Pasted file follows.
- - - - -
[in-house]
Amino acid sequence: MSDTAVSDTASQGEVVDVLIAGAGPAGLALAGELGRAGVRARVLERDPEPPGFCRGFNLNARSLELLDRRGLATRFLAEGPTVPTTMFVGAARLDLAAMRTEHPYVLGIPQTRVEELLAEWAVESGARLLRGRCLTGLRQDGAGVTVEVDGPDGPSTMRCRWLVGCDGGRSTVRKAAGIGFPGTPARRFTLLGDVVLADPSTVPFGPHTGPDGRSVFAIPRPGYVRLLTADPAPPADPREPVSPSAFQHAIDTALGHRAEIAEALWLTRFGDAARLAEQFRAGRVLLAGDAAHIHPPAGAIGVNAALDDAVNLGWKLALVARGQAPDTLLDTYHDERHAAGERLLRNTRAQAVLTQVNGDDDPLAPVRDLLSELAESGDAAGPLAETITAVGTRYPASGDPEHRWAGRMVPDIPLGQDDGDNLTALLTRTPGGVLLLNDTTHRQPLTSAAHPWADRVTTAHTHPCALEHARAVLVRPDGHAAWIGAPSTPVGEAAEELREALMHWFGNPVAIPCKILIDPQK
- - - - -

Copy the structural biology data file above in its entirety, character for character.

[in-house]
Amino acid sequence: MSDTAVSDTASQGEVVDVLIAGAGPAGLALAGELGRAGVRARVLERDPEPPGFCRGFNLNARSLELLDRRGLATRFLAEGPTVPTTMFVGAARLDLAAMRTEHPYVLGIPQTRVEELLAEWAVESGARLLRGRCLTGLRQDGAGVTVEVDGPDGPSTMRCRWLVGCDGGRSTVRKAAGIGFPGTPARRFTLLGDVVLADPSTVPFGPHTGPDGRSVFAIPRPGYVRLLTADPAPPADPREPVSPSAFQHAIDTALGHRAEIAEALWLTRFGDAARLAEQFRAGRVLLAGDAAHIHPPAGAIGVNAALDDAVNLGWKLALVARGQAPDTLLDTYHDERHAAGERLLRNTRAQAVLTQVNGDDDPLAPVRDLLSELAESGDAAGPLAETITAVGTRYPASGDPEHRWAGRMVPDIPLGQDDGDNLTALLTRTPGGVLLLNDTTHRQPLTSAAHPWADRVTTAHTHPCALEHARAVLVRPDGHAAWIGAPSTPVGEAAEELREALMHWFGNPVAIPCKILIDPQK